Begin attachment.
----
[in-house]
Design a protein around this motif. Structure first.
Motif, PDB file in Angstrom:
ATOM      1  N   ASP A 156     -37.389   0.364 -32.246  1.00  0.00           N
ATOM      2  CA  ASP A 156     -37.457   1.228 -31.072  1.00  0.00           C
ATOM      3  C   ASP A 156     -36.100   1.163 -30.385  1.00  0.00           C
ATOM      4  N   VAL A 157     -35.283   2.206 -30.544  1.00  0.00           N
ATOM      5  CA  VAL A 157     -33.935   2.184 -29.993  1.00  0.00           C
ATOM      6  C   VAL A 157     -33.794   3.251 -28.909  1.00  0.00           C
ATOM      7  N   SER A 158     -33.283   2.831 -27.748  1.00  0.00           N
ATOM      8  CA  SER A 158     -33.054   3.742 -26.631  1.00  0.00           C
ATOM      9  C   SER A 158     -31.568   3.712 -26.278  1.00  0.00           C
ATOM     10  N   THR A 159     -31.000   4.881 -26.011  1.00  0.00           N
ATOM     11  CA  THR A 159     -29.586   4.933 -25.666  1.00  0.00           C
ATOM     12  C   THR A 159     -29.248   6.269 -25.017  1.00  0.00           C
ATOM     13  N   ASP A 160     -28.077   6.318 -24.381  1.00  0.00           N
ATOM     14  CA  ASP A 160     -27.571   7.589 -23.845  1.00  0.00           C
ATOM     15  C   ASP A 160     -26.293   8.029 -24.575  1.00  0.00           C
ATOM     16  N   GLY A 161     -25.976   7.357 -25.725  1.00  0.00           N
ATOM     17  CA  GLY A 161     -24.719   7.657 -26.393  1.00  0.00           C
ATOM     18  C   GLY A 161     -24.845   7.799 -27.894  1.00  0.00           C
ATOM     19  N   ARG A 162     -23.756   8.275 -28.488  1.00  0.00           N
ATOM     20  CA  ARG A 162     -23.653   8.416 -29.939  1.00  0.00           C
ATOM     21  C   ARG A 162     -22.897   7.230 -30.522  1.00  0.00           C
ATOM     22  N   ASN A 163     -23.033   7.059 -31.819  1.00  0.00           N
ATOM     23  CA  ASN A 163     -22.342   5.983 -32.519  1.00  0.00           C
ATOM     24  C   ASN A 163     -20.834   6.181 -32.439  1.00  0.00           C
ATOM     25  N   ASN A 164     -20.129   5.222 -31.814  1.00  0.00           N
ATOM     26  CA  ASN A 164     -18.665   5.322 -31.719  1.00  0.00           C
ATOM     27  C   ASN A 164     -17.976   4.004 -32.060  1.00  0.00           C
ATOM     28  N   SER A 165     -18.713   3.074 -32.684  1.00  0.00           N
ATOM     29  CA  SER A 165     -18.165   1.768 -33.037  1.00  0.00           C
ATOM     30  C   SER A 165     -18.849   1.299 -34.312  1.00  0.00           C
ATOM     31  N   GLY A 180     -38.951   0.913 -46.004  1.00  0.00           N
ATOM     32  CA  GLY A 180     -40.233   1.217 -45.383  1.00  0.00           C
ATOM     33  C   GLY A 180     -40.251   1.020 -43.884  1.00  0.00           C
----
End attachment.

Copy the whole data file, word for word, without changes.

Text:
[in-house]
Design a protein around this motif. Structure first.
Motif, PDB file in Angstrom:
ATOM      1  N   ASP A 156     -37.389   0.364 -32.246  1.00  0.00           N
ATOM      2  CA  ASP A 156     -37.457   1.228 -31.072  1.00  0.00           C
ATOM      3  C   ASP A 156     -36.100   1.163 -30.385  1.00  0.00           C
ATOM      4  N   VAL A 157     -35.283   2.206 -30.544  1.00  0.00           N
ATOM      5  CA  VAL A 157     -33.935   2.184 -29.993  1.00  0.00           C
ATOM      6  C   VAL A 157     -33.794   3.251 -28.909  1.00  0.00           C
ATOM      7  N   SER A 158     -33.283   2.831 -27.748  1.00  0.00           N
ATOM      8  CA  SER A 158     -33.054   3.742 -26.631  1.00  0.00           C
ATOM      9  C   SER A 158     -31.568   3.712 -26.278  1.00  0.00           C
ATOM     10  N   THR A 159     -31.000   4.881 -26.011  1.00  0.00           N
ATOM     11  CA  THR A 159     -29.586   4.933 -25.666  1.00  0.00           C
ATOM     12  C   THR A 159     -29.248   6.269 -25.017  1.00  0.00           C
ATOM     13  N   ASP A 160     -28.077   6.318 -24.381  1.00  0.00           N
ATOM     14  CA  ASP A 160     -27.571   7.589 -23.845  1.00  0.00           C
ATOM     15  C   ASP A 160     -26.293   8.029 -24.575  1.00  0.00           C
ATOM     16  N   GLY A 161     -25.976   7.357 -25.725  1.00  0.00           N
ATOM     17  CA  GLY A 161     -24.719   7.657 -26.393  1.00  0.00           C
ATOM     18  C   GLY A 161     -24.845   7.799 -27.894  1.00  0.00           C
ATOM     19  N   ARG A 162     -23.756   8.275 -28.488  1.00  0.00           N
ATOM     20  CA  ARG A 162     -23.653   8.416 -29.939  1.00  0.00           C
ATOM     21  C   ARG A 162     -22.897   7.230 -30.522  1.00  0.00           C
ATOM     22  N   ASN A 163     -23.033   7.059 -31.819  1.00  0.00           N
ATOM     23  CA  ASN A 163     -22.342   5.983 -32.519  1.00  0.00           C
ATOM     24  C   ASN A 163     -20.834   6.181 -32.439  1.00  0.00           C
ATOM     25  N   ASN A 164     -20.129   5.222 -31.814  1.00  0.00           N
ATOM     26  CA  ASN A 164     -18.665   5.322 -31.719  1.00  0.00           C
ATOM     27  C   ASN A 164     -17.976   4.004 -32.060  1.00  0.00           C
ATOM     28  N   SER A 165     -18.713   3.074 -32.684  1.00  0.00           N
ATOM     29  CA  SER A 165     -18.165   1.768 -33.037  1.00  0.00           C
ATOM     30  C   SER A 165     -18.849   1.299 -34.312  1.00  0.00           C
ATOM     31  N   GLY A 180     -38.951   0.913 -46.004  1.00  0.00           N
ATOM     32  CA  GLY A 180     -40.233   1.217 -45.383  1.00  0.00           C
ATOM     33  C   GLY A 180     -40.251   1.020 -43.884  1.00  0.00           C